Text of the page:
The ultimate energy source for the aurora is the solar wind. When the solar wind is calm, there tends to be minimal aurora; when the solar wind is strong and perturbed, there is a chance of intense aurora. The sun turns on its own axis once every 27 days, so an active region that produced perturbations which resulted in aurora might again cause aurora 27 days later. The solar wind takes approximately three days to get to the earth on its way from the sun. Observing the sun and predicting perturbations in the solar wind resulting from events taking place on the sun (such as flares or coronal mass ejections) provides information in a few days in advance of possible auroral displays. Spacecraft such as the Solar and Heliospheric Observatory (SOHO), Solar Terrestrial Relations Observatory (STEREO), and Solar Dynamics Observatory (SDO), provide researchers with data on activity occurring on the surface of the sun as well as in the solar magnetic field.

Another source of data used to predict the aurora comes from satellites located approximately 90 minutes or 1,500,000 km away from earth. The Deep Space Climate Observatory (DSCOVR) and Advanced Composition Explorer (ACE) Real-Time Solar Wind satellites provide real-time data to researchers about geomagnetic storms.  Data from these satellites provide about one to two hours' warning of an upcoming aurora.


What is the solar wind?

Streams of charged particles that produce the aurora come from the corona, the outermost layer of the sun's atmosphere. The corona is exceedingly hot, measuring more than one million degrees. The high temperature causes hydrogen atoms to split into protons and electrons. The resulting gas of charged particles is called plasma, which is electrically conductive. The solar plasma is so hot that it breaks free of the sun's gravitational force and blows away from the surface in all directions. The movement of this plasma is called solar wind. The intensity of the solar wind and the magnetic field carried by it change constantly. When the solar wind blows stronger, we see more active and brighter aurora on Earth.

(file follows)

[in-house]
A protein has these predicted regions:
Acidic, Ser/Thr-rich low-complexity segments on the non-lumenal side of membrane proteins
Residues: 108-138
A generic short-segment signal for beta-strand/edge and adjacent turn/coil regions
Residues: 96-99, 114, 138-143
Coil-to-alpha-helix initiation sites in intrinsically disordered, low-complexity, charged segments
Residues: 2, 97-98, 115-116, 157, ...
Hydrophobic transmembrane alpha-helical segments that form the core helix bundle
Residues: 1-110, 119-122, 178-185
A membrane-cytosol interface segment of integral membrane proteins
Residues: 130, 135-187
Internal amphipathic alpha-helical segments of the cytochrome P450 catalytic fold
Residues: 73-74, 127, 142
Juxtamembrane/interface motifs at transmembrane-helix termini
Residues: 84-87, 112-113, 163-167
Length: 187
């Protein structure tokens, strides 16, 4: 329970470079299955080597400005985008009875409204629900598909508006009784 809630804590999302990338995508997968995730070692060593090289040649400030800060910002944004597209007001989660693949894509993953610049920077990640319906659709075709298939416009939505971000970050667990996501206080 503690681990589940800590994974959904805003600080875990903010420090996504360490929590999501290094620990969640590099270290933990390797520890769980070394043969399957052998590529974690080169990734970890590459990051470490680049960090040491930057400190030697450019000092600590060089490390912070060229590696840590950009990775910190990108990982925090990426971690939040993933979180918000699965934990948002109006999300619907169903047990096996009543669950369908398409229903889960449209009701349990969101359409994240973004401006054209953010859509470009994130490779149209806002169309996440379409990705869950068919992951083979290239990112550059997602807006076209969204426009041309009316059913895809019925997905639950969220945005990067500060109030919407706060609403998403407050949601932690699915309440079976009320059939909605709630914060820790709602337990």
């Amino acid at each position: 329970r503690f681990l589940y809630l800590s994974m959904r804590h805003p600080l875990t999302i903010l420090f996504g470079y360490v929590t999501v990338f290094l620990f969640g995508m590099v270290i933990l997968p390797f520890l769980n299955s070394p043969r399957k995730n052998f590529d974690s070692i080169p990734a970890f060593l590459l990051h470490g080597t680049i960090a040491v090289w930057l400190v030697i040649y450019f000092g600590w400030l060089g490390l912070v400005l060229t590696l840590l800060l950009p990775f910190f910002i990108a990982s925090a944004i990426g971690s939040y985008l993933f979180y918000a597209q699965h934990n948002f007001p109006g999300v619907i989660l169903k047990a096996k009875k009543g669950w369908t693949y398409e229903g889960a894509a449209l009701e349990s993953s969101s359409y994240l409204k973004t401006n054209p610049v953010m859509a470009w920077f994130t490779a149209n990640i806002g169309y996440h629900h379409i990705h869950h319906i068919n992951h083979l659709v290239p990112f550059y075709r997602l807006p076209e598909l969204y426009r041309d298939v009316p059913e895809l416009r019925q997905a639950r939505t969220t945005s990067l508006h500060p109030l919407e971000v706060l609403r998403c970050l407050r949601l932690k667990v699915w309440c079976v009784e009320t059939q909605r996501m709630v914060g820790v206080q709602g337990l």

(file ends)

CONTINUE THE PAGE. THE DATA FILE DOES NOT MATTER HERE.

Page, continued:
What is the 11-year solar cycle?

The number of sunspots on the Sun's surface changes on a fairly regular cycle, which scientists refer to as the sun's 11-year cycle variation. Sunspot activity, and hence auroral activity, tends to peak every 11 years. This peak is called the solar maximum. The last solar maximum was in 2014; the next is expected around 2025. The chances of seeing the aurora at lower latitudes increase when the sunspot cycle is at a maximum, but chances at higher latitudes are not as dependent on the solar maximum because the auroral oval is normally present.

View solar cycle progression


What are Kp numbers?

The Kp number is a system of measuring aurora strength. The range goes from 0 to 9 (0 being calm, 1 very weak, all the way up to 9, which would represent a major geomagnetic storm with strong auroras visible). Anything Kp 5 and above is classified as a geomagnetic storm.

The Kp-index was introduced by a German scientist named Julius Bartels in 1939. The abbreviation Kp comes from the German "Kennziffer Planetarische," which translates loosely as “planetary index number,” although it is better known in English as simply the planetary index, and is usually designated as Kp [number from 0 – 9].